Of all the philosophers' answers, three stand out as least unlikely.
— Wood & wood are, in fact, appearances notwithstanding, different things.
— Trees are creations of a devil that delights in confusing us.
— Trees are the ghosts of ties, their gnarled & twisted & dreamlike echoes born when parts of the railsea are damaged & destroyed. Transubstantiated matter.
All other suggestions are deeply eccentric. One of these three is most likely true. Which you believe is up to you.
All gripes about the book aside, I find that completely charming. This mischievious voice makes Railsea the kind of book that's almost begging to be read aloud. And if, in the end, the twists in this tall tale are a bit straighter than you might expect, I suspect it's still worth the price of the ticket.
Before anyone gets too excited about the DOJ antitrust suit against "agency-model" book publishers, it's important to reiterate the following important facts:
Who is on your side? We will assume, for the purposes of discussion, that you are, but I retain the right to be skeptical.
I'm trying not to have an emotional investment in this case (see opening list). Belle and I use a lot of Amazon services (did you know in Seattle you can buy your groceries from them? We do), but I'm fully aware that when it comes to both strong-arming suppliers and providing unfettered access to content (read: AmazonFail a few years back) they've got more issues than New Yorker archives. I'm just having a hard time, ultimately, seeing how the publisher's problems dealing with Amazon should be my problem (or any other customer's problem), or why they should be allowed to fix prices just because they feel threatened.
There has been a lot of good commentary written about this. Charlie Stross uses the suit as an opportunity to propose that DRM is dead, since it's the primary weapon that publishers have against Amazon. This is an interesting pitch, although I'm not sure it actually makes sense: Amazon has been selling other media, such as MP3s, unencumbered by DRM for some time and it doesn't seem to have done much for them either way. Moreover, I don't buy Kindle books because they're locked to the platform--I do it because the process is practically frictionless, as opposed to requiring a connection to a PC every time I want to buy a book. But then, I find Stross informative but not always particularly prescient, such as this disastrously wrong post from 2007 (shorter version: there will never be a cheap e-book reader. Five years later, you can get a Kindle for less than $80, and dropping).
As far as the antitrust case goes, the government's case seems pretty straightforward: yes, the publishers colluded to fix prices, using Apple as a middleman but also trading e-mails (with notes attached reminding each other to delete said e-mails at a future time) and having private meetings at fancy restaurants. From this we can conclude that these are people who have not watched either The Sopranos or any other mafia movie made in the last thirty years.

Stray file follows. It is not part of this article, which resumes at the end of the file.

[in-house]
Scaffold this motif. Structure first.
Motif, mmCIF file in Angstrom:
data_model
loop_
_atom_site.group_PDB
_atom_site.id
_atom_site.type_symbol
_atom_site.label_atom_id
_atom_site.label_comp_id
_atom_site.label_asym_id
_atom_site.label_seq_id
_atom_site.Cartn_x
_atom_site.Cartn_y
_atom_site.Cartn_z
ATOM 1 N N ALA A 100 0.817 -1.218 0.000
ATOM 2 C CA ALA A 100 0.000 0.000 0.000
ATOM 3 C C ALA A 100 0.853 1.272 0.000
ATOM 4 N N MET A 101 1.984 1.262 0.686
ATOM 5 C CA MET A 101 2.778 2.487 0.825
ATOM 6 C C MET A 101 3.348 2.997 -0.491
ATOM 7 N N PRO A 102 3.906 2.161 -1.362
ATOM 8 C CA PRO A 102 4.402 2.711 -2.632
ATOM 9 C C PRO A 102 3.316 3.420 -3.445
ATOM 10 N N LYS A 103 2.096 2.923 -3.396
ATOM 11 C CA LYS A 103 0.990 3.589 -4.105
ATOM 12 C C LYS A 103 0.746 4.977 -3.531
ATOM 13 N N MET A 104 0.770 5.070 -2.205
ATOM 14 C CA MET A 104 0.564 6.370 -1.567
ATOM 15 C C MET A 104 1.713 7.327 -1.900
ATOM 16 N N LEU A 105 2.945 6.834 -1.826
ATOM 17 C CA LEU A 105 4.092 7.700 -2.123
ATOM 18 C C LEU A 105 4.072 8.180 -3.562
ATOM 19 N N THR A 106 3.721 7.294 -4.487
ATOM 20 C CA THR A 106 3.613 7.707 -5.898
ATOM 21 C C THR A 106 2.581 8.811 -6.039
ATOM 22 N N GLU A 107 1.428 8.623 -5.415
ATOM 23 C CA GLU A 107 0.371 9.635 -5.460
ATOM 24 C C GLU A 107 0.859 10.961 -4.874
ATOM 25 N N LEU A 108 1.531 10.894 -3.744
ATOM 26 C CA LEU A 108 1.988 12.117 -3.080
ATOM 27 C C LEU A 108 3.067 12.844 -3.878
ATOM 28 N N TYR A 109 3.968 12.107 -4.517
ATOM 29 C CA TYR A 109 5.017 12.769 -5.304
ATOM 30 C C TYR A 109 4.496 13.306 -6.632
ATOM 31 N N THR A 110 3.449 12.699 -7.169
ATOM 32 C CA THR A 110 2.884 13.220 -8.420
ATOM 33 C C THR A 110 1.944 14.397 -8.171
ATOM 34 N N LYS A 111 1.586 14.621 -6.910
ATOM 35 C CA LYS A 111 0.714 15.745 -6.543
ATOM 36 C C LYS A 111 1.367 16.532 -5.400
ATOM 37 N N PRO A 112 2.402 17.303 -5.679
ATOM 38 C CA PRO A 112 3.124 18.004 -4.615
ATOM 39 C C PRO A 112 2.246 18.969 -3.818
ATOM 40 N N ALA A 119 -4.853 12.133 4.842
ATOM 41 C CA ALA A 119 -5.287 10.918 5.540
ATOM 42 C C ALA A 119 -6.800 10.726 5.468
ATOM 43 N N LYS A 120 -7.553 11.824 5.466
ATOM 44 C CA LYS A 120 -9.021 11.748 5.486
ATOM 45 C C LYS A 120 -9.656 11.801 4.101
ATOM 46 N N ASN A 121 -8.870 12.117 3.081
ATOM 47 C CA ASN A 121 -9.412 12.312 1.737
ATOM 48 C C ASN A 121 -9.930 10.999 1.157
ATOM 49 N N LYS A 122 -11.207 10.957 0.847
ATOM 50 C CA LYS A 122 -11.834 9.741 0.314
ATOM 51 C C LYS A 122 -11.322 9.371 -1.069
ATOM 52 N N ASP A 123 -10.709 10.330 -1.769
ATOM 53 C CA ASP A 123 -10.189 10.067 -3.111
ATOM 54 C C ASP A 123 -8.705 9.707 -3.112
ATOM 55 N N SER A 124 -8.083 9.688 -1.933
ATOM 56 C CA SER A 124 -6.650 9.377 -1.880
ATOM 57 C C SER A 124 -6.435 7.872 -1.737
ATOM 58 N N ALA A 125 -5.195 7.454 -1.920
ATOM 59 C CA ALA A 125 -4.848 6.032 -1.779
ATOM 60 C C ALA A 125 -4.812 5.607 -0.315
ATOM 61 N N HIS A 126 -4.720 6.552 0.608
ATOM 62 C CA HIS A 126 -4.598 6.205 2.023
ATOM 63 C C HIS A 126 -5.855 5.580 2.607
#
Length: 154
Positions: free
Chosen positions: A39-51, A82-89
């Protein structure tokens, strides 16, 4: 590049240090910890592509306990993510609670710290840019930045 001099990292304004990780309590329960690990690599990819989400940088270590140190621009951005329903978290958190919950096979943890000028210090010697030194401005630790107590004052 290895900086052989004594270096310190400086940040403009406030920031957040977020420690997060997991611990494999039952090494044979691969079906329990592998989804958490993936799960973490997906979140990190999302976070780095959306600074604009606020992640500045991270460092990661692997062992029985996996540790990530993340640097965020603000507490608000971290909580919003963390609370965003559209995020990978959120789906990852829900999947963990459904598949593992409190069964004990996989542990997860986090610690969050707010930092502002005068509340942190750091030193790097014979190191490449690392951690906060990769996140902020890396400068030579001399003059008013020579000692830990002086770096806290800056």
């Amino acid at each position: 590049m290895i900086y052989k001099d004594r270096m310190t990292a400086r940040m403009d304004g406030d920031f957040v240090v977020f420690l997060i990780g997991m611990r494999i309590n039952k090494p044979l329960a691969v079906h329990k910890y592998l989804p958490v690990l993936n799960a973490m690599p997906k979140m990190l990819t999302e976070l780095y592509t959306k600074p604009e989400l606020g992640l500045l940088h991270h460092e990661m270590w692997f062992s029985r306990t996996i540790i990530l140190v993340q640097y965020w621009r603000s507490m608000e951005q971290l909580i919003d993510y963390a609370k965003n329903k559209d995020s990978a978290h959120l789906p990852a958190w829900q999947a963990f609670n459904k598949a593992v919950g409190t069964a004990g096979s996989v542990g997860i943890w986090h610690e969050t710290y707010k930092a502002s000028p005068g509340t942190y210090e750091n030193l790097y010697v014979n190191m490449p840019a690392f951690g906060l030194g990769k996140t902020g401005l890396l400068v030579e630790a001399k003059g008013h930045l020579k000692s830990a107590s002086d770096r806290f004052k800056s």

In fact, it's kind of amazing how much this case lets us learn about the book publishing industry--stuff that, frankly, seems entirely insane. This is an industry that, as Obsidian Wings notes:
Ignore the questions of price-fixing. Set aside the (debatable) arguments that publishers provide valuable editing and marketing services that full-time authors cannot handle for themselves. Forget about the fact that, under their preferred agency model, they are happy to sell you fewer books at a higher price, or that this all seems weirdly similar to the way the music industry campaigned for self-immolation post-Napster. Just look at that last item: this is a business model that pays retailers to destroy stock solely to keep distribution channels stuffed.
Even people in the publishing industry tend to agree that this is basically insane. Call me an anarchist, but you'll have to forgive me for being incredulous when they propose we let them do whatever they want to keep their institutions intact. Anti-trust? Yeah, that seems about right.
Winter in Seattle seems to be a pretty good time to get some reading done. On the other hand, although I'm riding the bus a lot, my individual commutes are much shorter. I no longer find myself with three hours a day that I can devote to that week's book. As blessings go, that's definitely mixed, but on balance I'll take it.
Grant Morrison's Supergods is, like its author, a weird and rambling mess. Part autobiography, part examination of the cultural impact of superheroes, and part discourse on cyclical history, it ranges from brilliant to tedious (sometimes within a few pages). I bought this mainly on the strength of Morrison's reputation, having never really read his work. People who are actual fans may find it less uneven than I did.
The Cold Commands, by Richard K. Morgan, is a disappointing follow-up. Morgan is one of my favorite science fiction authors--he often writes a kind of hard-boiled, transhuman noir that's like putting The Maltese Falcon through Marvin Minsky's upload process--so I was a little nervous when he wrote The Steel Remains, but it turned out to be a dark, subversive take on the genre: a gay war hero in a homophobic society, a Lovecraftian view of the supernatural, and no small amount of contempt for the tropes of genre. The Cold Commands continues the setting and characters, which is fine, but then it squanders its entire plot on nothing much in particular. Too long and too little, it makes me hope that the buildup is worth whatever Morgan has planned.